“Master Words for which people?” said Mowgli, delighted to show off. “The jungle has many tongues. I know them all.”
“A little thou knowest, but not much. See, O Bagheera, they never thank their teacher. Not one small wolfling has ever come back to thank old Baloo for his teachings. Say the word for the Hunting-People, then—great scholar.”
“We be of one blood, ye and I,” said Mowgli, giving the words the Bear accent which all the Hunting People use.
“Good. Now for the birds.”
Mowgli repeated, with the Kite’s whistle at the end of the sentence.
“Now for the Snake-People,” said Bagheera.
The answer was a perfectly indescribable hiss, and Mowgli kicked up his feet behind, clapped his hands together to applaud himself, and jumped on to Bagheera’s back, where he sat sideways, drumming with his heels on the glossy skin and making the worst faces he could think of at Baloo.
“There—there! That was worth a little bruise,” said the brown bear tenderly. “Some day thou wilt remember me.” Then he turned aside to tell Bagheera how he had begged the Master Words from Hathi the Wild Elephant, who knows all about these things, and how Hathi had taken Mowgli down to a pool to get the Snake Word from a water-snake, because Baloo could not pronounce it, and how Mowgli was now reasonably safe against all accidents in the jungle, because neither snake, bird, nor beast would hurt him.
“No one then is to be feared,” Baloo wound up, patting his big furry stomach with pride.
“Except his own tribe,” said Bagheera, under his breath; and then aloud to Mowgli, “Have a care for my ribs, Little Brother! What is all this dancing up and down?”
Mowgli had been trying to make himself heard by pulling at Bagheera’s shoulder fur and kicking hard. When the two listened to him he was shouting at the top of his voice, “And so I shall have a tribe of my own, and lead them through the branches all day long.”
“What is this new folly, little dreamer of dreams?” said Bagheera.
“Yes, and throw branches and dirt at old Baloo,” Mowgli went on. “They have promised me this. Ah!”
“Whoof!” Baloo’s big paw scooped Mowgli off Bagheera’s back, and as the boy lay between the big fore-paws he could see the Bear was angry.
“Mowgli,” said Baloo, “thou hast been talking with the Bandar-log—the Monkey People.”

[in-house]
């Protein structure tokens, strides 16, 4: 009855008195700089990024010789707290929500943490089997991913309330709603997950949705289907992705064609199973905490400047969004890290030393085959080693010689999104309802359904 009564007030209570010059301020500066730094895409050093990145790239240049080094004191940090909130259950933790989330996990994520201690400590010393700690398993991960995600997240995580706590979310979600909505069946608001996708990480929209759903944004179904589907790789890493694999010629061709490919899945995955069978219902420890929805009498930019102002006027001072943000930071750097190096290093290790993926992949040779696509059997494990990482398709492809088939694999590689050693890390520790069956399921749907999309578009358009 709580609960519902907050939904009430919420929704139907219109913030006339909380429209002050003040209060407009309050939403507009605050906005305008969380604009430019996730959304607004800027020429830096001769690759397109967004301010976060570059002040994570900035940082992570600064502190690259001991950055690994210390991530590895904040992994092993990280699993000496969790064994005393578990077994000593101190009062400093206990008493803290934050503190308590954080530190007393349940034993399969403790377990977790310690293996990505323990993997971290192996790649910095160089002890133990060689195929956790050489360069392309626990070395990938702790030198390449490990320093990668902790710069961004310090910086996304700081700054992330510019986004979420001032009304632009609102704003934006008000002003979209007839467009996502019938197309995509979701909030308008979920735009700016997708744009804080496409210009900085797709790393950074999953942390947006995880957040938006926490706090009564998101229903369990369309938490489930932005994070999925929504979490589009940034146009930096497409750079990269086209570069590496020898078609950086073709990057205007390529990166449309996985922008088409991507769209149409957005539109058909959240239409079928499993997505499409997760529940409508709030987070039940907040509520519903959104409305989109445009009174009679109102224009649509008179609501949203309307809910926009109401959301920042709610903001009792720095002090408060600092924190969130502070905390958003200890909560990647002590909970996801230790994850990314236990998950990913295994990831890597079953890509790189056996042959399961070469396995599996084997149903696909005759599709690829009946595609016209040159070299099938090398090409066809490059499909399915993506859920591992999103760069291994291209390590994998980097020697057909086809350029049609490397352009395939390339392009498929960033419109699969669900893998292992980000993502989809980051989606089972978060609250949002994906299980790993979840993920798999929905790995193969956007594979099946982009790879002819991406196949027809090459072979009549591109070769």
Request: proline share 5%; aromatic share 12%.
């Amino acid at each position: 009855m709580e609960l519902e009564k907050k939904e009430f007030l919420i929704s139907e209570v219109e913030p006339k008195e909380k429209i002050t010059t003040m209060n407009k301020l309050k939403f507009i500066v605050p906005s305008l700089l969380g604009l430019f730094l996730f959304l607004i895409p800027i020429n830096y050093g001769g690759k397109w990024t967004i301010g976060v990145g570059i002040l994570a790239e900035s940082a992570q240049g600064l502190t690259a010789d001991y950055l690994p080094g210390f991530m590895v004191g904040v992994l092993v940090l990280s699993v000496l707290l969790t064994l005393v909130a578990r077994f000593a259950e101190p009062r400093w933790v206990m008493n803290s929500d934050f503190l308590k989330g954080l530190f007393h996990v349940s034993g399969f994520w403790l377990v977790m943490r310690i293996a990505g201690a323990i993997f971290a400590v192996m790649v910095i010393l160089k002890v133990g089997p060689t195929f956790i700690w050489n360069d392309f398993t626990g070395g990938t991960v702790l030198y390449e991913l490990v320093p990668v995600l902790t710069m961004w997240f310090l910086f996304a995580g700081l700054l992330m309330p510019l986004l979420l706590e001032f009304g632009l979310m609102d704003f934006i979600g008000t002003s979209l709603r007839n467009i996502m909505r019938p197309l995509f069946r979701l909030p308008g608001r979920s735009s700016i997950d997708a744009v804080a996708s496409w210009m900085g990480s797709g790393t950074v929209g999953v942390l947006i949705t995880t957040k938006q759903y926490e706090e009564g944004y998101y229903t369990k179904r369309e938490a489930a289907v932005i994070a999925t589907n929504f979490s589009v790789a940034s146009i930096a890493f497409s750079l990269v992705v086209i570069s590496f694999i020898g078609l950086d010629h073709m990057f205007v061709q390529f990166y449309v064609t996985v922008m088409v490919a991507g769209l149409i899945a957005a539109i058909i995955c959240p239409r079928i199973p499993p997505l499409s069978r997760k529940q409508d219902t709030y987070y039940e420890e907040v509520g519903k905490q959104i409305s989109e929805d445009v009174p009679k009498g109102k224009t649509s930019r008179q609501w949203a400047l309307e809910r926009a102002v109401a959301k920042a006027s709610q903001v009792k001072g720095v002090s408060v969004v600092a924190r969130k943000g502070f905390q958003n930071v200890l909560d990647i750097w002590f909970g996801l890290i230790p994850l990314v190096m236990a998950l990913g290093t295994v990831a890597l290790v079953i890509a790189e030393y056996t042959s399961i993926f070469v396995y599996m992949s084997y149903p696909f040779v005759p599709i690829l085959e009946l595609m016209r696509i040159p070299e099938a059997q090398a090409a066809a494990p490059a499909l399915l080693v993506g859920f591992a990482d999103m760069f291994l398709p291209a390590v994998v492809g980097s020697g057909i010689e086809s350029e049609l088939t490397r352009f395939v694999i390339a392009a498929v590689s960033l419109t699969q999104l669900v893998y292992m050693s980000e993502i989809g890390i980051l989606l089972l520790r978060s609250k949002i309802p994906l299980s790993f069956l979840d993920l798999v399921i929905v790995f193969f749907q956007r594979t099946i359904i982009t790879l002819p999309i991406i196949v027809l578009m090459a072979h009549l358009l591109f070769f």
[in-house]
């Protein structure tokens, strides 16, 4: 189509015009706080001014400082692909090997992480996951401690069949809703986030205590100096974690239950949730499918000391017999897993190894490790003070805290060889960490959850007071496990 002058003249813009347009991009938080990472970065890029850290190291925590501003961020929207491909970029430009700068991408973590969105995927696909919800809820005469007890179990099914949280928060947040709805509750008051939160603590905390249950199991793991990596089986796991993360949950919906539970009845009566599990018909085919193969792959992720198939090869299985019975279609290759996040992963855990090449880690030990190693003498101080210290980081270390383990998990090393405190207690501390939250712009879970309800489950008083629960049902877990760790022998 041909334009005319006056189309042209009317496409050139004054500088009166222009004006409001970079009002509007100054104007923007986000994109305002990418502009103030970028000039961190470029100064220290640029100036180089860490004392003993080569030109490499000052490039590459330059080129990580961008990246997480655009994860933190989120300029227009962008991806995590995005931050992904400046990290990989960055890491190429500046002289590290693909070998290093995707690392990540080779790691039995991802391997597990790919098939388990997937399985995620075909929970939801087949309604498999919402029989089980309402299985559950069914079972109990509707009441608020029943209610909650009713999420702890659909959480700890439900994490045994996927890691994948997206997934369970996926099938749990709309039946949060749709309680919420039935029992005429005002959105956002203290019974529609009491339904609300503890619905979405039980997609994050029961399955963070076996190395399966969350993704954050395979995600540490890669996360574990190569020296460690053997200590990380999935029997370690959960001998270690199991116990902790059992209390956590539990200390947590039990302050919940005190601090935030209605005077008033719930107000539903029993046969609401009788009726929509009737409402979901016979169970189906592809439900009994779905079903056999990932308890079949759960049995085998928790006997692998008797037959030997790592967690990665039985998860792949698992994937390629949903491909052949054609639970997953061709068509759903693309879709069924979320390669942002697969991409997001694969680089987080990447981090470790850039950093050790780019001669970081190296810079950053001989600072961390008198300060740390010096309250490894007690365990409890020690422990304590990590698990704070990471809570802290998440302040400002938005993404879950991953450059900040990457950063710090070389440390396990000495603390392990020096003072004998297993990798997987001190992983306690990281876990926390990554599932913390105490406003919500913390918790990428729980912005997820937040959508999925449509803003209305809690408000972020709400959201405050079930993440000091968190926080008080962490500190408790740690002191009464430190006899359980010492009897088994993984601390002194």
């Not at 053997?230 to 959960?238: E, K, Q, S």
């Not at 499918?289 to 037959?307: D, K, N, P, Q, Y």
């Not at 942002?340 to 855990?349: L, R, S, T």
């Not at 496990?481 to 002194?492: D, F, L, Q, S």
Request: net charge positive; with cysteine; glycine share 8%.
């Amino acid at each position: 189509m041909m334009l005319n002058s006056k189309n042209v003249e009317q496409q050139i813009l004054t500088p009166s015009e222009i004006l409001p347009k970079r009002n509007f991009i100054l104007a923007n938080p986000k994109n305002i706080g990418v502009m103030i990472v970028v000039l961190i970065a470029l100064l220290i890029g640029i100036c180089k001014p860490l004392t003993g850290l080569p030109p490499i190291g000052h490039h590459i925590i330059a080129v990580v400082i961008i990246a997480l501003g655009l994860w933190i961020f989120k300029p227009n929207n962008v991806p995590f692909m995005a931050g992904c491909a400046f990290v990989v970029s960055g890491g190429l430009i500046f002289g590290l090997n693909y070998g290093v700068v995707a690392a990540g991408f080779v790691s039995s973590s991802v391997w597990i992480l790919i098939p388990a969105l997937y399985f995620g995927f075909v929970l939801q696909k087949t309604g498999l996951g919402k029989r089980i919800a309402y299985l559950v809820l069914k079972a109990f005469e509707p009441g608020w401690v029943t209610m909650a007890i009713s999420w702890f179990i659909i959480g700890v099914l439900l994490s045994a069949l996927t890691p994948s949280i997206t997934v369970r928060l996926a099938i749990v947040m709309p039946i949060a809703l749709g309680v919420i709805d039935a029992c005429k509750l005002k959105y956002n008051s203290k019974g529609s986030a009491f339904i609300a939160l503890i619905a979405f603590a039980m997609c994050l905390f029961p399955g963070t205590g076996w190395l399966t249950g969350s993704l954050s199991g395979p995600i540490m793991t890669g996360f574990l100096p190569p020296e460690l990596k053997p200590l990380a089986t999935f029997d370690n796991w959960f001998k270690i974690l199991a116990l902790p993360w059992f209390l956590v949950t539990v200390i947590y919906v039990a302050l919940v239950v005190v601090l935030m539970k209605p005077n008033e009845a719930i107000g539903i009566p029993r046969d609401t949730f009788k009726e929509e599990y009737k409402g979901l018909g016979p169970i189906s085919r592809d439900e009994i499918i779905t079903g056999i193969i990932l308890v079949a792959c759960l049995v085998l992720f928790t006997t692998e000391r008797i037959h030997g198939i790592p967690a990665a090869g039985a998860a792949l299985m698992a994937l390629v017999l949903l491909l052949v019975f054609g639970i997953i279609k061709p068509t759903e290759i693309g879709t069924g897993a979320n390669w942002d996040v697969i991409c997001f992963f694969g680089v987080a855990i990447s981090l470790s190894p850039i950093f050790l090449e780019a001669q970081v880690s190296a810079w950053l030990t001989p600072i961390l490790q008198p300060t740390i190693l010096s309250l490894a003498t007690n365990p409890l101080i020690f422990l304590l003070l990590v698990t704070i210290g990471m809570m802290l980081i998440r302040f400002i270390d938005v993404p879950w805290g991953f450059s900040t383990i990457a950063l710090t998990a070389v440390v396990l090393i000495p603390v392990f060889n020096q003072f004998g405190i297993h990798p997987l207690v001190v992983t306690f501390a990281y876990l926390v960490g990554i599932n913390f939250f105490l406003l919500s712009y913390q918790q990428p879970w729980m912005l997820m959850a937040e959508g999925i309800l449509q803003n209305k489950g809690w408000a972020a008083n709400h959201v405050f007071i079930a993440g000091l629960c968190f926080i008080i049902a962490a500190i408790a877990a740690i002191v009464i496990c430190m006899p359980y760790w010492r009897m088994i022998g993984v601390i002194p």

Mowgli looked at Bagheera to see if the Panther was angry too, and Bagheera’s eyes were as hard as jade stones.
“Thou hast been with the Monkey People—the gray apes—the people without a law—the eaters of everything. That is great shame.”
“When Baloo hurt my head,” said Mowgli (he was still on his back), “I went away, and the gray apes came down from the trees and had pity on me. No one else cared.” He snuffled a little.
“The pity of the Monkey People!” Baloo snorted. “The stillness of the mountain stream! The cool of the summer sun! And then, man-cub?”
“And then, and then, they gave me nuts and pleasant things to eat, and they—they carried me in their arms up to the top of the trees and said I was their blood brother except that I had no tail, and should be their leader some day.”
“They have no leader,” said Bagheera. “They lie. They have always lied.”
“They were very kind and bade me come again. Why have I never been taken among the Monkey People? They stand on their feet as I do. They do not hit me with their hard paws. They play all day. Let me get up! Bad Baloo, let me up! I will play with them again.”
“Listen, man-cub,” said the Bear, and his voice rumbled like thunder on a hot night. “I have taught thee all the Law of the Jungle for all the peoples of the jungle—except the Monkey-Folk who live in the trees. They have no law. They are outcasts. They have no speech of their own, but use the stolen words which they overhear when they listen, and peep, and wait up above in the branches. Their way is not our way. They are without leaders. They have no remembrance. They boast and chatter and pretend that they are a great people about to do great affairs in the jungle, but the falling of a nut turns their minds to laughter and all is forgotten. We of the jungle have no dealings with them. We do not drink where the monkeys drink; we do not go where the monkeys go; we do not hunt where they hunt; we do not die where they die. Hast thou ever heard me speak of the Bandar-log till today?”